A very short introduction to Kosovo energy policy on sustainability

Kosovo’s economic competitive advantage is based on three pillars: energy, mining and agriculture. All these sectors are currently far from performing adequately. Consequently, a large rate of unemployment and poverty continues to be a norm. Among these three pillars, energy
 is the paramount one as the source and backbone for a sustainable economic development. Kosovo energy sector is one of most debated policy issue while reliable electricity supply has been identified as the most binding constrain to economic growth by several studies, ultimately the energy sector remains one of the most challenging sectors that Kosovo has, a truly conundrum of the newborn nation. As a basic precondition for success, having a sustainable and affordable energy intertwined with efficient distribution and consumption is at the heart of any competitive market.

#Challenges

In Kosovo, energy sector faces copious challenges. First and foremost is the energy insufficiency, where gap between demand and supply is widening due to several factors. Insufficiency results on daily black-outs. The impact is explicitly converted to the business sector where according to the World Bank (2016) lack of reliable electricity is among top obstacles of doing business in Kosovo. 
 
 The most profound challenges of the Energy Sector are as following:

The two twin pillars of sustainable energy are energy efficiency, which is at embryonic level, while renewable energy is unutilized. Electricity production is 97% coal based. 
 
 #Energy Policy

In order for the energy in Kosovo to be reliable, sustainable and affordable, a new approach at the energy mix is required.

The energy sector is key for Instrument for Pre-accession Assistance funds due to its economic potential and the sizable amount of EU policy in the sector.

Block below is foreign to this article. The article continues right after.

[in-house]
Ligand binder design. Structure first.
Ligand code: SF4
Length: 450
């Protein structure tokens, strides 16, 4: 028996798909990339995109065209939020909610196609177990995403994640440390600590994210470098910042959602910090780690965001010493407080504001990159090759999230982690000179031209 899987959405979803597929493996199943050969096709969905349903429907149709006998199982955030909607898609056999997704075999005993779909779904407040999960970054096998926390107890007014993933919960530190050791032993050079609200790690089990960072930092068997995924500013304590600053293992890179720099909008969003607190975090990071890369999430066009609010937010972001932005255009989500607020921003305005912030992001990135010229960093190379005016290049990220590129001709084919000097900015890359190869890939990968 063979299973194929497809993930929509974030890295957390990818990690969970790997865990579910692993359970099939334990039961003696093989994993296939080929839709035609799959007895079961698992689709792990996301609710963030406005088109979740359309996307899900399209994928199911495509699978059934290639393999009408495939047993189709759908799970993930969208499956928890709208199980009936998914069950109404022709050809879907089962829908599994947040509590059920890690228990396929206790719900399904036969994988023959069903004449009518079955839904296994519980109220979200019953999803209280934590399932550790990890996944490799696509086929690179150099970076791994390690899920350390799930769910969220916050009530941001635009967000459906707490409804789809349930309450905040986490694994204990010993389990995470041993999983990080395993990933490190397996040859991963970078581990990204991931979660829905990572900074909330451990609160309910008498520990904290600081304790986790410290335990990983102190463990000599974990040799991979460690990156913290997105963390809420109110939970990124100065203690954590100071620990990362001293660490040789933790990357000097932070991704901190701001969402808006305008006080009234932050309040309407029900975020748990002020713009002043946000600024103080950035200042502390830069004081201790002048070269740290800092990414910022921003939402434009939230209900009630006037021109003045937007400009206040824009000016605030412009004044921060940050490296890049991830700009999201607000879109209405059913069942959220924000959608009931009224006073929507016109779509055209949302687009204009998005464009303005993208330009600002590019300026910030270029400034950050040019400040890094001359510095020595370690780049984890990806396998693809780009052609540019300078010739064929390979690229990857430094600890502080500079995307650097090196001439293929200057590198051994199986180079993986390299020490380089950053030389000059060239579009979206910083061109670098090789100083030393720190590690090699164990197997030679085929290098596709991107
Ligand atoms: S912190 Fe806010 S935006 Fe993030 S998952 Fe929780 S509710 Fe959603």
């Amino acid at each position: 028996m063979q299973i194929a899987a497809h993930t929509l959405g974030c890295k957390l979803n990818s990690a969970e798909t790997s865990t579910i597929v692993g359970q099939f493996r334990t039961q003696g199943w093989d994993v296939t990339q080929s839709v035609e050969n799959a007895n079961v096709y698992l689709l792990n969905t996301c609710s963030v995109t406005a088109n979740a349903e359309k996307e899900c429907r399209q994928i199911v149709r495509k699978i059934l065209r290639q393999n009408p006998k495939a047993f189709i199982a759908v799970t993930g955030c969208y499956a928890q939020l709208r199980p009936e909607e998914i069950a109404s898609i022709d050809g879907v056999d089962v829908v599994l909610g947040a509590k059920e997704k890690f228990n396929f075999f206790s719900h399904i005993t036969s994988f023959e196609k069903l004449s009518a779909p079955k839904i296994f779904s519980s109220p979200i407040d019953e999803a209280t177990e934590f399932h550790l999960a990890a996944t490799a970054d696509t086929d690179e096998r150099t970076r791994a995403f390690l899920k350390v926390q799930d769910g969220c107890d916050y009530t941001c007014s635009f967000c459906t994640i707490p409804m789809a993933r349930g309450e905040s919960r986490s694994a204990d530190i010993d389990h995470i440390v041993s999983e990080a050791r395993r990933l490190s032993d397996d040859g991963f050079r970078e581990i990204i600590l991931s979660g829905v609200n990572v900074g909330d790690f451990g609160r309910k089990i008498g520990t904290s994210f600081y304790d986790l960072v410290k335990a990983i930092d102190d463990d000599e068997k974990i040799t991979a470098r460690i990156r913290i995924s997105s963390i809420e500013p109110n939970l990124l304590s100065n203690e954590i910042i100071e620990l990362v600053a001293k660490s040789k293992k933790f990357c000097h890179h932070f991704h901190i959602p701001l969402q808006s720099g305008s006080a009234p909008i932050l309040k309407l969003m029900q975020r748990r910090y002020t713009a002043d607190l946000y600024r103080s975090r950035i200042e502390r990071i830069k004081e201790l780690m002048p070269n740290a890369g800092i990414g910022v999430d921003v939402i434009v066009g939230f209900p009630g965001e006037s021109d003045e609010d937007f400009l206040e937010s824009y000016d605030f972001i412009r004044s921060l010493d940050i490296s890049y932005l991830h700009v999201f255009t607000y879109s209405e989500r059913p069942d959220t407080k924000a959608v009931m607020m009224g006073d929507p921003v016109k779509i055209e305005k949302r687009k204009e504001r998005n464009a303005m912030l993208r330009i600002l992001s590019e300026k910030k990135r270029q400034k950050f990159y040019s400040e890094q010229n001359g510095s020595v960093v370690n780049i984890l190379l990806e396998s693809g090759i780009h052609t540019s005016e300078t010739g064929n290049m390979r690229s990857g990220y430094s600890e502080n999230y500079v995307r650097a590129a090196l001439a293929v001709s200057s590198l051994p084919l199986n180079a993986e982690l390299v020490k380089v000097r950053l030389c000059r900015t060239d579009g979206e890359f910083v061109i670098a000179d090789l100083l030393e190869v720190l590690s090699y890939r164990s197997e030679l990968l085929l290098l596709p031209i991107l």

According to the European Commission, Progress Report for Kosovo (2016), quote “restructuring of the energy sector in Kosovo is on-going. Improved energy efficiency and maximal use of renewable energy sources have a vital importance in this process, to which Kosovo is committed.” 
 
Furthermore, reforming Kosovo’s energy sector in line with the European model is a convoluted task. Kosovo as a signatory party of the Energy Community Treaty has assumed obligation to transpose the 3rd energy package with a focus to the renewable energy and efficiency and also the policy issues that derive from EU acquis. The target is already set for Kosovo, pursuant to (triple) 20/20/20 EU standards as follows: 9% increase of energy efficiency and 25% increase for a renewable energy production at the end of 2020. 

Development of network energy market competition is another obligation that derives from this Treaty. These are the guidelines, towards EU accession in the Energy Policy.

Unfortunately, the government policy-making has been in a mind-set of lignite coal only and it has been falsely stated that Kosovo does not have renewable energy potential. Kosovo has a substantial renewable energy capacity for Wind, Solar and Hydro and biomass. According to GIZ (2015) the only wind potential is up to 300 MW. 
 
Policies issue range from the mundane to the most complex one e.g. district heating is fully operational nationwide, a big opportunity to address energy efficiency. At the municipal level nothing has been done in the field of energy efficiency, not data to portray an accurate picture of household buildings. No structure for auditing the energy, and the promotion of energy efficiency was not sufficient. (INDEP, 2015). No mechanism to monitor progress in reaching 2020 targets.

The Kosovo Civil Society Consortium for Sustainable Development (2016) advocates that the rest of the energy gap in Kosovo can easily be met from renewable energy, as their potential is substantial and there is no need to build a new thermal power plant.

An example of simple policy with prolific impact: Kosovo government may use proper sticks and carrots. On one hand, households should be given opportunity to invest in efficiency, by small grants, low-interest loans, with a decent grace period. These should be enabled through creation of the Energy Efficiency Fund. On the other hand, the stick may be used to categorize buildings with higher efficiency and consequently pay less tax than those with lower or no efficiency.

In conclusion, the policies have a high magnitude of benefits ranging from economic growth, unemployment and living standards.

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